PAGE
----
The presenter then rushes up to the women who’ve turned their lights off and asks them why they’re no longer interested. The reasons they give are fairly astonishing. “Because he has a nose ring” “because he’s too old” “Because I don’t like his shoes” “because he has a weird accent” “because he still lives with his Mum.” Fortunately, the tables are turned right at the end of each sequence, and the dull bloke gets to decide which of the tragic women who still have their lights on he’s most attracted to. The audience starts screaming, and the women with their lights still on begin to plead for him to take them on a date, as though they were pleading for their lives. It’s a deeply undignified display. The woman he eventually picks gets to go on a date with him, and they spend 12 hours sitting in silence on some Mediterranean island, before announcing how much they hate each other. It’s a load of smutty nonsense, yet it’s utterly compelling. I’m also pleased to announce that they played “Fantasy Island” by Tight Fit as one couple left the studio, which added a rather camp glow to the proceedings. If things weren't already camp enough.
Shocking attention-seeking slappers on the set of Take Me Out
I spent the rest of today working. Saturdays in my world are no different from any other day and I was hugely keen to get the revamped version of Alice Through the Looking Glass off to the group who are performing it. I managed to do this at about 7pm, which means I can tick another thing off the giant list of things I wrote for myself to do at the start of the week. I keep adding things, and it seems to be never ending at the moment. I’ll get there. In any case, when I have nothing to do, I only end up panicking!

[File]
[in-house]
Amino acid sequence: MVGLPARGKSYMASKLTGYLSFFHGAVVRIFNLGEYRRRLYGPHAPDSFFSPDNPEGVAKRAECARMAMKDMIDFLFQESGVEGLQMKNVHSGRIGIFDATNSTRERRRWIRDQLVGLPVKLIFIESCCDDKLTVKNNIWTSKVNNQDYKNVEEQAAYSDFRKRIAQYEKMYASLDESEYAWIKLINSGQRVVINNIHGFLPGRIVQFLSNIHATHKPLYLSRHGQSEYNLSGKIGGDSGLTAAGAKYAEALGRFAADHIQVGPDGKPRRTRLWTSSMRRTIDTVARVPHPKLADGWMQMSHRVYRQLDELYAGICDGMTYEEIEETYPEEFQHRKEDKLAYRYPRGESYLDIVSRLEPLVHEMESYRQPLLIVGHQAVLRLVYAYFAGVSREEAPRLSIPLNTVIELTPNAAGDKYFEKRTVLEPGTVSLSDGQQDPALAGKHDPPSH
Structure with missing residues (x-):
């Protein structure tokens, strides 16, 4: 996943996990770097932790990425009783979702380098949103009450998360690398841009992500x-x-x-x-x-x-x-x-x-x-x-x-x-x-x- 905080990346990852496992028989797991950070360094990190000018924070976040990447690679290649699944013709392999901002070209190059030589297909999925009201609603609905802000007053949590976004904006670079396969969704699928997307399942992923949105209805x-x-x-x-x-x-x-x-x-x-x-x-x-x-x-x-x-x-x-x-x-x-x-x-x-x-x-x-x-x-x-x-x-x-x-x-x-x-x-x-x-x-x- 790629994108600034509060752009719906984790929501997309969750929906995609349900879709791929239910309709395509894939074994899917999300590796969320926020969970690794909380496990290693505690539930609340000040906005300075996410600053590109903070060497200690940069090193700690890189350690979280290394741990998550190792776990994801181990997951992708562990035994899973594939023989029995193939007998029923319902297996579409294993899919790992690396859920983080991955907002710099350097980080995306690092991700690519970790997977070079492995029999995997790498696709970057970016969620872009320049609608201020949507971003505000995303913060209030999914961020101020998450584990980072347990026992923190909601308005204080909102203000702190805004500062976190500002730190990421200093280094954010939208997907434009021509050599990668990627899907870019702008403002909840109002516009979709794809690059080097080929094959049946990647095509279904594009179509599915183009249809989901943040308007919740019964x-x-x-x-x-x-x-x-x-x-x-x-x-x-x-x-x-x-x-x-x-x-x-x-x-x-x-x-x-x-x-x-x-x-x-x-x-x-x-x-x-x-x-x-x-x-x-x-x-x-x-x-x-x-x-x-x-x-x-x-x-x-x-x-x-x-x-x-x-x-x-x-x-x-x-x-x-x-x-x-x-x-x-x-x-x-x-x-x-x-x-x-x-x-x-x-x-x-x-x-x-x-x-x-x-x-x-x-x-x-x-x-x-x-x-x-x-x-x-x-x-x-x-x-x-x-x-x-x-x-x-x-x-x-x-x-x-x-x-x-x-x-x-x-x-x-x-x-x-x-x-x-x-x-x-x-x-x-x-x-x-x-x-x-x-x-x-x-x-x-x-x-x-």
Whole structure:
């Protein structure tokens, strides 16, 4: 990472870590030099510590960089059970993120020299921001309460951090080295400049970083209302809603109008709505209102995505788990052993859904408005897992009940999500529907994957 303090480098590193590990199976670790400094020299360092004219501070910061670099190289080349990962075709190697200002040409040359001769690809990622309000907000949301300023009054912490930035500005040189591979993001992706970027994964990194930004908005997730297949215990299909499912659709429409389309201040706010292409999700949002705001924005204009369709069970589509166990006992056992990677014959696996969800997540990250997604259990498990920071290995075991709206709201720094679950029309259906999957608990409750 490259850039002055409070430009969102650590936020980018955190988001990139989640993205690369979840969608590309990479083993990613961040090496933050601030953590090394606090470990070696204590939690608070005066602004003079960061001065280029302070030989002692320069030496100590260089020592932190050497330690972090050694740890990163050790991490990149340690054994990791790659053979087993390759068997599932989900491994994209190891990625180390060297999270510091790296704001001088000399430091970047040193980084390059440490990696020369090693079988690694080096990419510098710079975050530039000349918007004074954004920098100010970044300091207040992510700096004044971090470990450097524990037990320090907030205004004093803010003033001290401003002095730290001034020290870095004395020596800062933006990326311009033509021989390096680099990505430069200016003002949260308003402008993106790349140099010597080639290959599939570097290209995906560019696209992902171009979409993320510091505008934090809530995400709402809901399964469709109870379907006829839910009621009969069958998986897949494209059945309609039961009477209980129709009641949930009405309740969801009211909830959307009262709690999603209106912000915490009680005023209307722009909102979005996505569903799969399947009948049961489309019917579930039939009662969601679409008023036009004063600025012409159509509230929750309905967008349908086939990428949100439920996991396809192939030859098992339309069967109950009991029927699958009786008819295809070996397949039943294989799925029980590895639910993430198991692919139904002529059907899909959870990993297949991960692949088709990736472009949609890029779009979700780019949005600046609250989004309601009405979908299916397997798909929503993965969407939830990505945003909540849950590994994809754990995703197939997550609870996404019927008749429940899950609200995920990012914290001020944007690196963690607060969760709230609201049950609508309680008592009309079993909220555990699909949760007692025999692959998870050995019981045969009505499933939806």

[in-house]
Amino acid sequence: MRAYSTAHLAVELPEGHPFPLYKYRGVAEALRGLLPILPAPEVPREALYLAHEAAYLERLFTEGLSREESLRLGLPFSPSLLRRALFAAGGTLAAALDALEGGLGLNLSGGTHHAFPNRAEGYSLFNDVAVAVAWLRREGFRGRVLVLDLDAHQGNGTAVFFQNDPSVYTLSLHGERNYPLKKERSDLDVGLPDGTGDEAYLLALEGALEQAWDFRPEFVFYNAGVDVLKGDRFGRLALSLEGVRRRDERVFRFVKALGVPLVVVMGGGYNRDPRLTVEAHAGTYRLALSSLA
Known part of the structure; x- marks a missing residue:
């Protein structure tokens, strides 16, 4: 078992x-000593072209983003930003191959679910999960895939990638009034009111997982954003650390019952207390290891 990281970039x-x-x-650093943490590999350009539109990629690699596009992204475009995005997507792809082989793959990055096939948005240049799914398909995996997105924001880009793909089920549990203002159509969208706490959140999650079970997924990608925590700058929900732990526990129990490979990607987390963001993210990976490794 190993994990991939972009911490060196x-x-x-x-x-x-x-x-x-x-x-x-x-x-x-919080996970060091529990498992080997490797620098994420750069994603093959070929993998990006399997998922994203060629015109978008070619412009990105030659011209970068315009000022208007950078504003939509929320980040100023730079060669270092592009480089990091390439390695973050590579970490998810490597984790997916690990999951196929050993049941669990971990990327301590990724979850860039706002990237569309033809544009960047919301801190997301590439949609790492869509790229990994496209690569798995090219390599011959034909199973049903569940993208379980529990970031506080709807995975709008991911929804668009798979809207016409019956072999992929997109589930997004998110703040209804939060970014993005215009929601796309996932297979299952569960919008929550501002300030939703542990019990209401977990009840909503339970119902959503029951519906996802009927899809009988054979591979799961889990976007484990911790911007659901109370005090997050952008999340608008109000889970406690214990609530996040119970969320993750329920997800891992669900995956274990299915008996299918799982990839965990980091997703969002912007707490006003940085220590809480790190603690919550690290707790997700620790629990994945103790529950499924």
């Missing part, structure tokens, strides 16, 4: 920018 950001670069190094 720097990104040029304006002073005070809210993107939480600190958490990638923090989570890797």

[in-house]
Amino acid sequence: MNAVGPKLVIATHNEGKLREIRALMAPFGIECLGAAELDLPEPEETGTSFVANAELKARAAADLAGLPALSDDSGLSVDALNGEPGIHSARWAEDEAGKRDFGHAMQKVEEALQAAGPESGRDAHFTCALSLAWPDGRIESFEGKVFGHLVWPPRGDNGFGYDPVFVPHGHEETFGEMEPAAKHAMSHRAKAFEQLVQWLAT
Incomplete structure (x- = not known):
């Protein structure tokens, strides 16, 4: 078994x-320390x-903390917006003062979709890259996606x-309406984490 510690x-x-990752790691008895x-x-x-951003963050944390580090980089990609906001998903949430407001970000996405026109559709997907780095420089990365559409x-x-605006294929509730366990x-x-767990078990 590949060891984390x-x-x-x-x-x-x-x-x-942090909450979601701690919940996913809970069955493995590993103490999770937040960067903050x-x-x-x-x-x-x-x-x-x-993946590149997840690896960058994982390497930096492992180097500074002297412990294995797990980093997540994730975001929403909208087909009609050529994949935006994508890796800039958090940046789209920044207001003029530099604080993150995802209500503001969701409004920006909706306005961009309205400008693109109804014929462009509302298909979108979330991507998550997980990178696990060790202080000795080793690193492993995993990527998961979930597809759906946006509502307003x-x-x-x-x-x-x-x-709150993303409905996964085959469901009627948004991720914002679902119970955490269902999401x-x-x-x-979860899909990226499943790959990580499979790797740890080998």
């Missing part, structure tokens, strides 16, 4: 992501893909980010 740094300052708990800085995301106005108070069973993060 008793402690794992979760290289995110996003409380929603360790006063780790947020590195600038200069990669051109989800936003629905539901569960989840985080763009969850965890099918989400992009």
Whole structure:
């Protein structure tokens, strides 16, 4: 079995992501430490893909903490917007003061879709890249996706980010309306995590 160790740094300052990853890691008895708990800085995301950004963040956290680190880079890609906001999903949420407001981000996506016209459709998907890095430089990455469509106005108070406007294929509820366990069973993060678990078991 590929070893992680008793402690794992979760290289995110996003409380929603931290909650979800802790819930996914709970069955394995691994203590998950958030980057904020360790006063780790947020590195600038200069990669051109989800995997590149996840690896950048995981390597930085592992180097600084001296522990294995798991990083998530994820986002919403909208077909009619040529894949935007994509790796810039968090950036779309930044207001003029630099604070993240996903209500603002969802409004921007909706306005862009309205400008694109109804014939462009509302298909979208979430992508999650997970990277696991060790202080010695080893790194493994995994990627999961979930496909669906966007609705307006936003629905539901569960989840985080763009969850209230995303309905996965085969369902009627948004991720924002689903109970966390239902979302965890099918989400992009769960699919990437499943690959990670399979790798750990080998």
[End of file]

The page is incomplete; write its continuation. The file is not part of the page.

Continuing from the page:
I now have to take myself off to Hampstead to deliver a copy of one of my films to someone who wants to play it at a lecture. Very bizarre.
January 22nd 1660, and Pepys spent the day in important meetings with important people feeling incredibly important. He had a “little dinner” with his wife, before heading into Whitehall to buy some 17th century spectacles, which were bound to be pretty rubbish. Pepys then went for a drink with the historian, Thomas Fuller, who regaled him with tails of his latest publication, which was a history of all the families in England, which seems like a pretty major undertaking. Pepys was astonished to discover that Fuller knew more about the Pepyses than Pepys himself. They also talked about Fuller’s extraordinary memory. He was apparently considered to have the most remarkable memory of his generation. He could repeat 500 random words after just one hearing. Not that it did him much good. He caught a fever and died on August 15th of that very year. Poor bloke.